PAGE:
News Article | May 8, 2017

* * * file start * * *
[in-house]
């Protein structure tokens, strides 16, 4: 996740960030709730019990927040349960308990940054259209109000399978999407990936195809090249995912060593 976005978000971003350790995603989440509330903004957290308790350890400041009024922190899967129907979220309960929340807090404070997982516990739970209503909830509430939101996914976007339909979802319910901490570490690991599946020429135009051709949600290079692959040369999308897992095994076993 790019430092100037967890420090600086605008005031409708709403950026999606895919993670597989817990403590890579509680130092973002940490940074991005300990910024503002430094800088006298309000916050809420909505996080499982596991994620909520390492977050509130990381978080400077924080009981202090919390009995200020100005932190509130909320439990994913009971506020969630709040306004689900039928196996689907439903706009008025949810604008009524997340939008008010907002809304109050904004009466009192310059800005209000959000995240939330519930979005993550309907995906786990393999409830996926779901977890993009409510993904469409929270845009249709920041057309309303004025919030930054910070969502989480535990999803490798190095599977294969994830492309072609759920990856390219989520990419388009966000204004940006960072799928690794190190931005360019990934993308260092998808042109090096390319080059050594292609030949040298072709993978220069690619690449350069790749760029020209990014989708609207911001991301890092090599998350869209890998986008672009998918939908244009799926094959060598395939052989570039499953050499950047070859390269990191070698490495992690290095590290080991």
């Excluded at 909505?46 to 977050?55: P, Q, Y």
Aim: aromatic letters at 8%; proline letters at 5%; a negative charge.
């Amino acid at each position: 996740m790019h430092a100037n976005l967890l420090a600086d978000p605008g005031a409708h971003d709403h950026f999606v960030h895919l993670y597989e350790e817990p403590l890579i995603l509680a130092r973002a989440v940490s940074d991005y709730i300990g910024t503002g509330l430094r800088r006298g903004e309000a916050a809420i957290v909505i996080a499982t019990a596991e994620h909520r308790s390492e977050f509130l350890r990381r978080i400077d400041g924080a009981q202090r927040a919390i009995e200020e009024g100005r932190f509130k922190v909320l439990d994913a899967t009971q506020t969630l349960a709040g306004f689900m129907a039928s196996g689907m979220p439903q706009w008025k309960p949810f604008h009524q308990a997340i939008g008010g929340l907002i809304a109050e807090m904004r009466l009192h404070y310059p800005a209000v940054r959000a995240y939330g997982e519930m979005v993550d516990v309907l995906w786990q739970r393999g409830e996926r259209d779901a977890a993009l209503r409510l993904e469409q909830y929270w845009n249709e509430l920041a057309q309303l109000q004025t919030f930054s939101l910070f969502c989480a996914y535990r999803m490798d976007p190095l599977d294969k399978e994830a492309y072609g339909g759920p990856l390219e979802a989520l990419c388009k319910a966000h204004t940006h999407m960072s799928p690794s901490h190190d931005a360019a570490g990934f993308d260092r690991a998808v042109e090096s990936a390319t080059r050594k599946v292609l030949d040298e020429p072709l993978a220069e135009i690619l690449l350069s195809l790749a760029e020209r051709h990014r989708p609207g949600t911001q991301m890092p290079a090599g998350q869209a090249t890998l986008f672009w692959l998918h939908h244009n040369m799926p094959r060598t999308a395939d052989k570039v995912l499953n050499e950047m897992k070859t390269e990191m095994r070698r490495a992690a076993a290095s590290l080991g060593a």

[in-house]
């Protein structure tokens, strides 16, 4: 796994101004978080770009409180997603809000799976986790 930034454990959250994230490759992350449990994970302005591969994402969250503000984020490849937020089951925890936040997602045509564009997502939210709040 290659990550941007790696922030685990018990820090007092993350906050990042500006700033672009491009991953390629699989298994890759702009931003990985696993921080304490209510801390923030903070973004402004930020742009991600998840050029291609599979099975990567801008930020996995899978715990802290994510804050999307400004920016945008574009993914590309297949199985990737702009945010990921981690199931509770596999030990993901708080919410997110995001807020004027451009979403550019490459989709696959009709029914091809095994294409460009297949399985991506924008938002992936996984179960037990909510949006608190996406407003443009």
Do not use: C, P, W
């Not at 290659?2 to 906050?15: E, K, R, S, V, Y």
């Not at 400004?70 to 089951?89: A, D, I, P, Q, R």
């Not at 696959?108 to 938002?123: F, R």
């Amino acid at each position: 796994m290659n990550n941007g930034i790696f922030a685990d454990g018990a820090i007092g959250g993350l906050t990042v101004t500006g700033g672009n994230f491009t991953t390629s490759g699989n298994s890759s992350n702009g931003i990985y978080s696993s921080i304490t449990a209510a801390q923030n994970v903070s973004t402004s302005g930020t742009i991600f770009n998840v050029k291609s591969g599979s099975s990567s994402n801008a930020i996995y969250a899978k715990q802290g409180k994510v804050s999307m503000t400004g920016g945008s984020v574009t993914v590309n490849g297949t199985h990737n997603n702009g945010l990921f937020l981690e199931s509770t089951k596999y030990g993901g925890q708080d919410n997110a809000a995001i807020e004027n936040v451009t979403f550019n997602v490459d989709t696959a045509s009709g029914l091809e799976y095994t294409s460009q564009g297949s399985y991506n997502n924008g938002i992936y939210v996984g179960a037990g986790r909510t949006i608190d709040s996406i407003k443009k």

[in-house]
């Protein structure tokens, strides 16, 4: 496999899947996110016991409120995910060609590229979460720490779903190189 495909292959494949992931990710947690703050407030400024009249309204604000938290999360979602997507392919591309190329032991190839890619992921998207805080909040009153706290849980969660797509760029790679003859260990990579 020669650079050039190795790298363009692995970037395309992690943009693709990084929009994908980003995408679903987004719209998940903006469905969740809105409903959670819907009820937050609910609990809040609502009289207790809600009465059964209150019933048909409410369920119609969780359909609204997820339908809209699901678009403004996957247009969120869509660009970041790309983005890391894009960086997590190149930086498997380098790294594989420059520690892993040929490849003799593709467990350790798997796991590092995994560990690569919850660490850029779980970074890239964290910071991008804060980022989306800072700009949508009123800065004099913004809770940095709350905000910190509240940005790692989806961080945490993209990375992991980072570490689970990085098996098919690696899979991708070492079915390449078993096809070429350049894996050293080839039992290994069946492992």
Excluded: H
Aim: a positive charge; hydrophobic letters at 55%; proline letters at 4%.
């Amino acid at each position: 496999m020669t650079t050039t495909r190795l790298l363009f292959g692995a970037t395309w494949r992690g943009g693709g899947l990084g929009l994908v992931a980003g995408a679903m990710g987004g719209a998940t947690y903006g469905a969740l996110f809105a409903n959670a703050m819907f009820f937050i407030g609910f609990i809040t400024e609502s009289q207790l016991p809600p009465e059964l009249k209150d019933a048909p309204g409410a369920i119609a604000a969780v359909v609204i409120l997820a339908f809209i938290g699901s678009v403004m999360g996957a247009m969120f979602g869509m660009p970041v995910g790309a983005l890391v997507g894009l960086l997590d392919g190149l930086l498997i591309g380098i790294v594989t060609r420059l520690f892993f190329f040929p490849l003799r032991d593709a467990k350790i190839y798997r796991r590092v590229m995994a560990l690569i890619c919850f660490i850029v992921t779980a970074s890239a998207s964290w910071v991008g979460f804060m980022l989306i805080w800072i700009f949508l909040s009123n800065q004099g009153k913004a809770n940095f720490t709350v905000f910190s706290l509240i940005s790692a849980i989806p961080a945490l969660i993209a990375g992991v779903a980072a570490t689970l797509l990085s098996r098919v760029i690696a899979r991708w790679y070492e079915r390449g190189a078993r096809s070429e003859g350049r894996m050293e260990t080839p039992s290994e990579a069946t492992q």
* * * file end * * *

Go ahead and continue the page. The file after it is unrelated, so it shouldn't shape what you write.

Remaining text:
For the first quarter 2017, Invitae reported a net loss of $26.9 million, or a $0.64 loss per share, compared to a net loss of $25.6 million in the first quarter of 2016, or a $0.80 loss per share. Total operating expenses for the first quarter of 2017, excluding the cost of goods sold, were $28.3 million compared to $23.5 million in the first quarter of 2016. First quarter operating expenses included $5.3 million in non-cash expenses, including depreciation and equity compensation. Cash used in operating activities in the first quarter 2017 amounted to $22.0 million, as compared to $24.0 million in 2016. At March 31, 2017, cash, cash equivalents, restricted cash, and marketable securities totaled $101.5 million, $4.2 million more than the comparable amount as of December 31, 2016, reflecting net proceeds of approximately $39.7 million, resulting from a loan agreement secured in March 2017 and the subsequent extinguishment of $12.1 million in previously outstanding debt. "We are winning the race to scale in our industry," said Sean George, chief executive officer of Invitae. "By providing more affordable genetic testing, we are opening up access for patients to address a wide spectrum of health issues, from rare diseases to common cancers, fueling increased utilization of our expanding platform. Now in-network with a majority of major payers, we expect the rise in demand for Invitae's services in the first quarter will translate into significant revenue growth throughout the remainder of the year." Webinar and Conference Call Details: Management will host a webinar and conference call today at 4:30 p.m. Eastern / 1:30 p.m. Pacific to discuss financial results and recent developments. The dial-in numbers for the conference call are (877) 201-0168 for domestic callers and (647) 788-4901 for international callers, and the reservation number for both is 11040513. The live webinar and conference call may be accessed by visiting the investors section of the company's website at ir.invitae.com. A replay of the webinar will be available shortly after the conclusion of the call and will be archived on the company's website. About Invitae Invitae Corporation's (NYSE: NVTA) mission is to bring comprehensive genetic information into mainstream medical practice to improve the quality of healthcare for billions of people. Invitae's goal is to aggregate most of the world's genetic tests into a single service with higher quality, faster turnaround time, and lower price than many single-gene and panel tests today. The company currently provides a diagnostic service comprising approximately 1,500 genes for a variety of genetic disorders associated with oncology, cardiology, neurology, pediatrics, and other rare disease areas, as well as a clinical whole exome analysis service. Additionally, the company has created a Genome Network to connect patients, clinicians, advocacy organizations, researchers, and therapeutic developers to accelerate the understanding, diagnosis, and treatment of hereditary disease. For more information, visit our website at invitae.com. Safe Harbor Statements This press release contains forward-looking statements within the meaning of the Private Securities Litigation Reform Act of 1995, including statements relating to the company's expectations regarding full-year 2017 revenue; the company's belief that it is winning the race to scale in its industry and opening up access for patients to address a wide spectrum of health issues, which is leading to increased utilization of its expanding platform; that being in-network with a majority of major payors and the rise in demand for its services in the first quarter will lead to significant revenue grow throughout the remainder of 2017; that additional payer contracts will be executed during the remainder of 2017; that exome testing can help clinicians make or confirm a diagnosis and develop an appropriate medical management plan; and that research continues to point to the broader utility of genetic information and precision of the company's services. Forward-looking statements are subject to risks and uncertainties that could cause actual results to differ materially, and reported results should not be considered as an indication of future performance. These risks and uncertainties include, but are not limited to: the company's history of losses; the company's ability to compete; the company's failure to manage growth effectively; the company's need to scale its infrastructure in advance of demand for its tests and to increase demand for its tests; the company's ability to develop and commercialize new tests and expand into new markets; the risk that the company may not obtain or maintain sufficient levels of reimbursement for its tests; the company's inability to raise additional capital on acceptable terms; risks associated with the company's ability to use rapidly changing genetic data to interpret test results accurately, consistently, and quickly; risks associated with the company's limited experience with respect to acquisitions; security breaches, loss of data and other disruptions; laws and regulations applicable to the company's business; and the other risks set forth in the company's filings with the Securities and Exchange Commission, including the risks set forth in the company's Annual Report on Form 10-K for the year ended December 31, 2016. These forward-looking statements speak only as of the date hereof, and Invitae Corporation disclaims any obligation to update these forward-looking statements. NOTE: Invitae and the Invitae logo are trademarks of Invitae Corporation. All other trademarks and service marks are the property of their respective owners. The condensed, consolidated balance sheet at December 31, 2016 has been derived from the audited consolidated financial statements at that date included in the company's annual report on Form 10-K for the year ended December 31, 2016. To view the original version on PR Newswire, visit:http://www.prnewswire.com/news-releases/invitae-exceeds-26000-samples-accessioned-reports-revenue-of-103-million-and-net-loss-of-064-per-share-in-first-quarter-2017-300453463.html